Brown marmorated stink bug is a serious horticultural pest native to East Asia. It damages crops, infests ornamental plants, and seeks out shelter over the winter causing massive problems for homes and businesses. Fortunately we don’t have it in New Zealand yet, but in order to keep it out we need to know what it looks like. In this post I show you how to tell it apart from other New Zealand stink bugs.
First an important reminder: If you believe you may have found BMSB the best thing to do is to catch the bug, keep it alive, and call MPI on 0800 80 99 66.
When entomologists talk about ‘bugs,’ generally they mean the Hemiptera, a group of insects that share sucking mouthparts. Within the Hemiptera, stink bugs are members of the family Pentatomidae. Stink bugs are not beetles, they are ‘true bugs.’
In New Zealand we have 8 species of stink bug:
1. Cermatulus nasalis (made up of three subspecies)
Brown soldier bug – Cermatulus nasalis nasalis
Alpine brown soldier bug – Cermatulus nasalis hudsoni
Three Kings soldier bug – Cermatulus nasalis turbotti
2. Schellenberg’s soldier bug – Oechalia schellenbergii
3. Brown shield bug – Dictyotus caenosus
4. Pittosporum shield bug – Monteithiella humeralis
5. Alpine shield bug – Hypsithocus hudsonae
6. Green vegetable bug – Nezara viridula
7. Australasian green shield bug – Glaucias amyoti
8. Green potato bug – Cuspicona simplex
First up, lets have a look at BMSB:
Two New Zealand species look similar to brown marmorated stink bug. These are Cermatulus nasalis and Dictyotus caenosus.
The key characters to look for when separating these two species from BMSB are a combination of size, banding and colouration.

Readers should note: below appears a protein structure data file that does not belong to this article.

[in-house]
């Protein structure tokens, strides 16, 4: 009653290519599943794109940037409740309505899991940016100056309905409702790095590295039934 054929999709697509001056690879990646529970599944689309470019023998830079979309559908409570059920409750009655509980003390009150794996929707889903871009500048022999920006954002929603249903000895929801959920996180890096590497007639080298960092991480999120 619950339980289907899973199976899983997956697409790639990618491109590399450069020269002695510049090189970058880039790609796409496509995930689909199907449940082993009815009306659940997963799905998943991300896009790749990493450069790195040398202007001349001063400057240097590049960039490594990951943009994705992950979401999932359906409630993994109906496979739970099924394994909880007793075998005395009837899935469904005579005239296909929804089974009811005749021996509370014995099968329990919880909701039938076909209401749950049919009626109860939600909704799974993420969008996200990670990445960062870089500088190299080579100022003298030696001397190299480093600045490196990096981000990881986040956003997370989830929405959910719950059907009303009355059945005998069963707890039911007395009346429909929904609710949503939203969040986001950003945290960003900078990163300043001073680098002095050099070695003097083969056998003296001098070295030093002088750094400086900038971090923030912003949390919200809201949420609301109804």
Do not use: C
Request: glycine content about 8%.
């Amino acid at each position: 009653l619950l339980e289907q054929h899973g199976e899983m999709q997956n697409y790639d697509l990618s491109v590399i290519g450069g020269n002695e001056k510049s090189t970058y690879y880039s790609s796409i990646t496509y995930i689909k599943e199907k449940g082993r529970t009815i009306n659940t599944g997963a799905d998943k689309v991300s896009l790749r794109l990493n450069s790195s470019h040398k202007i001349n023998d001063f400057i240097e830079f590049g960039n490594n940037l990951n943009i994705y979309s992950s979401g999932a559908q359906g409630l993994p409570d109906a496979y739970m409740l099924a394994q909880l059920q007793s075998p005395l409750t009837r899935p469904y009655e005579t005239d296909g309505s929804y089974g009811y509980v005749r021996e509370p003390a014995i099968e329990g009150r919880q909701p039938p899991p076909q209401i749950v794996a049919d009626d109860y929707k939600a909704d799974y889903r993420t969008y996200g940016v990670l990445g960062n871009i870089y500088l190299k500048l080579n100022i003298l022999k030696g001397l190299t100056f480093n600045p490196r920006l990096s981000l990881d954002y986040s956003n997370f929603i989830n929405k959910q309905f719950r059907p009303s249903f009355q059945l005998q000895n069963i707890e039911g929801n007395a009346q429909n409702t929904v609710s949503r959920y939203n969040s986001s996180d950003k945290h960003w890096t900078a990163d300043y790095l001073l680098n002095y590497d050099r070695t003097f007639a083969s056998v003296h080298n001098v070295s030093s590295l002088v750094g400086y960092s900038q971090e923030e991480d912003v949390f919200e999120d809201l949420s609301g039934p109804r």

Here is a side by side comparison of BMSB (on the left) with Cermatulus nasalis:
This species is the one most likely to be confused with BMSB, and it’s no wonder when you try to compare them above.
The white banding present on the antennae of BMSB is the most obvious way to separate these species, but BMSB is also a little bit larger (19mm long vs 17mm), and coloured slightly differently to Cermatulus nasalis.
Here is a side by side comparison of BMSB (on the left) with Dictyotus caenosus:
Again, the white banding on the antennae can be used to immediately separate these species. But you can also see that Dictyotus caenosus has a more pronounced notch in the top of the head and behind the eyes, than BMSB. Dictyotus caenosus is also quite a bit smaller, normally around 10mm long.
These two species are the ones most likely to be confused with BMSB in New Zealand.
But remember: If you do find a stink bug and you’re not sure what it is, the best thing to do is to catch the bug, keep it alive, and call MPI on 0800 80 99 66. Better to be safe than sorry with BMSB.